I love this vibrant, lively, insanely readable series, a series that takes unexpected turns with its characters but still hews to the traditional norms of historical mystery fiction. The first book in the series, A Death of No Importance, was a fabulous origin story, where ladies’ maid Jane Prescott takes on the nouveau riche Benchley family in the first decade of the twentieth century. The books are set in New York City and the Benchley girls are viewed as rich upstarts, and Jane’s special charge, Louise, is shy and gauche and seems to fit in nowhere.
Death, Diamonds, and Deception is the fifth book in Rosemary Simpson’s Gilded Age mystery series set in New York City in the 1880s. It’s the first I’ve read, but I enjoyed it so much that I will definitely look for the others. The two protagonists are heiress Prudence MacKenzie and ex-Pinkerton agent Geoffrey Hunter, who are partners in a detective agency. Prudence is the daughter of a wealthy judge, a prominent man in New York, who died about two years before this book begins. She is part of the city’s elite, the world of the Astors and Vanderbilts, even though she defies the standards of that society by becoming a detective. Geoffrey is a Southerner who came to New York around the time of the Civil War because he was anti-slavery. He is quite a bit older than she is. Prudence is around twenty, and, although Geoffrey’s age is not specified, it seems that he was already an adult at the time of the Civil War, so he must be in his early forties at least.
I remember when Rhys Bowen started writing her Molly Murphy series. I inhaled them the second they were published. I loved (and still do) the mix of the feisty Molly, her journey of discovery as a new immigrant, the clever mysteries, and the turn of the century settings. Rhys Bowen has the gift of narrative. I am so happy to tell you – because I want to make you a fellow fan – that Mariah Fredericks has that very same gift.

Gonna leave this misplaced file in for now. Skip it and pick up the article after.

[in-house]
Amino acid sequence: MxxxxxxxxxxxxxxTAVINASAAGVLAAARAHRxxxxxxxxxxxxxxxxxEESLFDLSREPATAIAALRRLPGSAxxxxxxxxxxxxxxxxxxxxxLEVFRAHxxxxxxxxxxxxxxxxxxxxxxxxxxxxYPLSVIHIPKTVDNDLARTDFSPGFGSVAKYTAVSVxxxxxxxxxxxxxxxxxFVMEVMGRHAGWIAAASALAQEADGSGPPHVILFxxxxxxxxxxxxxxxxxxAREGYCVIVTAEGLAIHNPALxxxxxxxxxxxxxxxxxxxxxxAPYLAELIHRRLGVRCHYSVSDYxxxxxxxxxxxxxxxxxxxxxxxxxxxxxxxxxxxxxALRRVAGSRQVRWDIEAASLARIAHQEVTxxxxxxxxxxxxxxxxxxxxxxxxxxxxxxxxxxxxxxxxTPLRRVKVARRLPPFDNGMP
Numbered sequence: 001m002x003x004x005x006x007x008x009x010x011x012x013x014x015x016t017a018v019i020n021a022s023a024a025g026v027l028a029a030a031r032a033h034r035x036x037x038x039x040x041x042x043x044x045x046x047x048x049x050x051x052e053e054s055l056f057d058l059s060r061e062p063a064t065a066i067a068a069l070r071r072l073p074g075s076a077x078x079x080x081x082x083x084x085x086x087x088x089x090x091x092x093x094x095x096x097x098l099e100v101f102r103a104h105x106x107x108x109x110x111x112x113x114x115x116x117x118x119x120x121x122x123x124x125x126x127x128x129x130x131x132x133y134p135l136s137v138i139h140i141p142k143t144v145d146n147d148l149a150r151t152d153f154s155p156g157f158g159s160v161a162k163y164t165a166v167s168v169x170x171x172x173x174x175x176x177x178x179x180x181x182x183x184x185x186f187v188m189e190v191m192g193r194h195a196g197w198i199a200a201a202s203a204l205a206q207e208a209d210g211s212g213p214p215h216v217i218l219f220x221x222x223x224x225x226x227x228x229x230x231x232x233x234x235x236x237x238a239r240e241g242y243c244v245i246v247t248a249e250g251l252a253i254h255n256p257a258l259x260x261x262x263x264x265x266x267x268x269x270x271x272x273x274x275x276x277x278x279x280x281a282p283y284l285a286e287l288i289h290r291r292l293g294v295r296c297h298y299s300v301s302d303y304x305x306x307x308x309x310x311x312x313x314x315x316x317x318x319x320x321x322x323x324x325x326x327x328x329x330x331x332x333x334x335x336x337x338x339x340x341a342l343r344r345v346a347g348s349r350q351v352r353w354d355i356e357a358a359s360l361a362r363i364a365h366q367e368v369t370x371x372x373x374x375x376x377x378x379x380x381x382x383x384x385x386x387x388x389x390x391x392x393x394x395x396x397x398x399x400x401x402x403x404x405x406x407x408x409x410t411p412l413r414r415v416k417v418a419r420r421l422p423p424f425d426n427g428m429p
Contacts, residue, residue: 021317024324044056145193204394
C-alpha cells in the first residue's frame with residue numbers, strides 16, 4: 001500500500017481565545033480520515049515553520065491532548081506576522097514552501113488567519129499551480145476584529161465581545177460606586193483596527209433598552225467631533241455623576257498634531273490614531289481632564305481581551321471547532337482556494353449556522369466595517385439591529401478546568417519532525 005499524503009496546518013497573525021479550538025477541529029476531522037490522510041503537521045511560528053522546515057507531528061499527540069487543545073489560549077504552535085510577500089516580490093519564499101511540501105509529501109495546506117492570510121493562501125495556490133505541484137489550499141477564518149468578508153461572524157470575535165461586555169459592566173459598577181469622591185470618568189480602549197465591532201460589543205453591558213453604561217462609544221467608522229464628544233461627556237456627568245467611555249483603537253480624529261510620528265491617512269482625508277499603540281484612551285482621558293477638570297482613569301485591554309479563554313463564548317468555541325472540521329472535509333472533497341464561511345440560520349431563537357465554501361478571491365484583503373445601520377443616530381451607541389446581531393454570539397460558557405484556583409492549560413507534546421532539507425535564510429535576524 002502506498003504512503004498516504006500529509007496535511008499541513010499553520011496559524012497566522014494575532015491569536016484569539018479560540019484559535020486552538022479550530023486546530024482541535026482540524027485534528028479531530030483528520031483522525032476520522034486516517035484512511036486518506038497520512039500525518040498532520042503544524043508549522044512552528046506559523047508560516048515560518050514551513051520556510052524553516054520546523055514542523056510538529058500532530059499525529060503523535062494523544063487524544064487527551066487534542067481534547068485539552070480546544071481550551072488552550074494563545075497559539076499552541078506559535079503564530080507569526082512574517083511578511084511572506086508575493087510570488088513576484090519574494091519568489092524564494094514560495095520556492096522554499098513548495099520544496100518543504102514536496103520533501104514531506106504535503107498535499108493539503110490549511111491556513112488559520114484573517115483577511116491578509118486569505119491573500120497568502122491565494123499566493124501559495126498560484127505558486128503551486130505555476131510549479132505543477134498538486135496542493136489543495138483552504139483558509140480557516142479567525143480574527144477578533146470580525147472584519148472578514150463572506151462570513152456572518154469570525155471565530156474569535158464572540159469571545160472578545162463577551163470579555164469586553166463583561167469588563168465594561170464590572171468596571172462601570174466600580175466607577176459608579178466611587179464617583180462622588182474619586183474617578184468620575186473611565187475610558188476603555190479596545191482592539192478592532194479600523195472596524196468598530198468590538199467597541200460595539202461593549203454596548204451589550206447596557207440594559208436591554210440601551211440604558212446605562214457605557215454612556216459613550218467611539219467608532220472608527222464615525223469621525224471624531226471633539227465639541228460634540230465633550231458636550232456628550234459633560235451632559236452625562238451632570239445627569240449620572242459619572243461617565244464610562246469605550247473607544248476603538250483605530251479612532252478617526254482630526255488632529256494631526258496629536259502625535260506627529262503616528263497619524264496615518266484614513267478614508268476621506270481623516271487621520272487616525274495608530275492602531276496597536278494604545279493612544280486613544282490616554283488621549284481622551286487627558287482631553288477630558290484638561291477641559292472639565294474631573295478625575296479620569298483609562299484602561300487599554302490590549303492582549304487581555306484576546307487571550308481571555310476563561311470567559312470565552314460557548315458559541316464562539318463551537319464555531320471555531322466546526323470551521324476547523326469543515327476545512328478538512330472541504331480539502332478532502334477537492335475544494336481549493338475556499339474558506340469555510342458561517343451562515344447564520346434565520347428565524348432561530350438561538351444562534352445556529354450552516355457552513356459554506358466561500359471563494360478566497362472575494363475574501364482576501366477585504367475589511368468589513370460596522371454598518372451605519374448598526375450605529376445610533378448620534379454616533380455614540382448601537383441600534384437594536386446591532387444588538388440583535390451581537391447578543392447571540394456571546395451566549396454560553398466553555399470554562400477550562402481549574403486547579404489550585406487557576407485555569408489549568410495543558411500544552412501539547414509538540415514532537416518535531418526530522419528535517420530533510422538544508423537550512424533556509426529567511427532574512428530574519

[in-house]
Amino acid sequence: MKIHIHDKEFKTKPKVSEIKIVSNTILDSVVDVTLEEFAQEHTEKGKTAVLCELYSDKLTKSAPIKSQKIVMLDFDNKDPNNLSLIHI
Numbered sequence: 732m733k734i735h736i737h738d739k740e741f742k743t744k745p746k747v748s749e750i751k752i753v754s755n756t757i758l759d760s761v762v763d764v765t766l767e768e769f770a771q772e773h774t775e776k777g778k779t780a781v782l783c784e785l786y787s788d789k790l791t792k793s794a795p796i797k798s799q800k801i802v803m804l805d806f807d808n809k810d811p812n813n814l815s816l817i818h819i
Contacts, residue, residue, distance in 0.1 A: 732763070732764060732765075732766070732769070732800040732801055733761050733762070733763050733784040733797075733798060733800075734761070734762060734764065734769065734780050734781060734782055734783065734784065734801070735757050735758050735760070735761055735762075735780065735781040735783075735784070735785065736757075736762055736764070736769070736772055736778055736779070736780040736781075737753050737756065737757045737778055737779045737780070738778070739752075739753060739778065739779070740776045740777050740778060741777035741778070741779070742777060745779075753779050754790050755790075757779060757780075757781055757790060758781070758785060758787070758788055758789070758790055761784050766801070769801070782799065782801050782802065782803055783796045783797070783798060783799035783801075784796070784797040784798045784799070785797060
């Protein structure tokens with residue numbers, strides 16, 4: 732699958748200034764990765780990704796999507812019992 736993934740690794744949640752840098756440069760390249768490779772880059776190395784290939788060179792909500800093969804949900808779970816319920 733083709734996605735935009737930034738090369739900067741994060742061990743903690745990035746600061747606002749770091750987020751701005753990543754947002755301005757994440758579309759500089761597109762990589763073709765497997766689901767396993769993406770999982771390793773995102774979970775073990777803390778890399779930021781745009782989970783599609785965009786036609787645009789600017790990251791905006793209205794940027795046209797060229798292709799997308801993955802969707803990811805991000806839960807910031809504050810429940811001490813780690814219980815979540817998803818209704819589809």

I have so far inhaled all three of her books featuring ladies’ maid Jane Prescott, who works for the wealthy Mrs. Louise Tyler around the 1910’s. She has a way with a story, and a way of getting you to care about and be invested in her characters. In this novel Jane is on “vacation”, so she goes home. Home for Jane is a refuge for fallen women, run by her uncle, a Presbyterian pastor. He takes women who come from the streets and gives them a place to live, something to eat, and a little hope for the future and a different way of earning a living.
I was knocked out by Mariah Frederick’s first novel, A Death of No Importance, and wasn’t sure how her book about a maid in a wealthy American household slightly after the turn of the century could be translated into a series, but it seems it surely can be. Jane Prescott, a woman of her time in some ways, is grieving over the recent loss of the Titanic like everyone else, but unlike everyone else, she’s shepherding her charge, Miss Louise Benchley, through the trials and tribulations of a giant society wedding.
Mariah Fredericks wrote one of my favorite books of 2018, A Death of No Importance, featuring Jane Prescott, maid to the wealthy Benchley family in 1910 New York. The next book in the series, Death of a New American, will be published in April of 2019. and it’s every bit as terrific, vital, and hard to put down. Mariah was nice enough to answer a few questions about her books.
Q: I like that you include the Titanic but it’s just almost background. Did you feel that as you were writing a novel set in 1912, it had to be a part of the canvas? How did you approach it?
Black and White Ball, Loren D. Estleman, Deep into a now 80 book and counting career, and 27 in to his iconic Amos Walker series, what is Loren Estleman going to come up with that might be new? You might be surprised. In this novel Walker crosses paths with one of Estleman’s other characters, Peter Macklin, who hires Walker to look after his ex-wife. The meet up of these two classic characters delivers true energy and snap to this tight, well written novel. Paced perfectly, set in a gritty yet realistic Detroit, and sporting the truly lovely prose and incredible dialogue that are an Estleman trademark, this is a great addition to a classic series by the greatest private eye writer at work at the moment.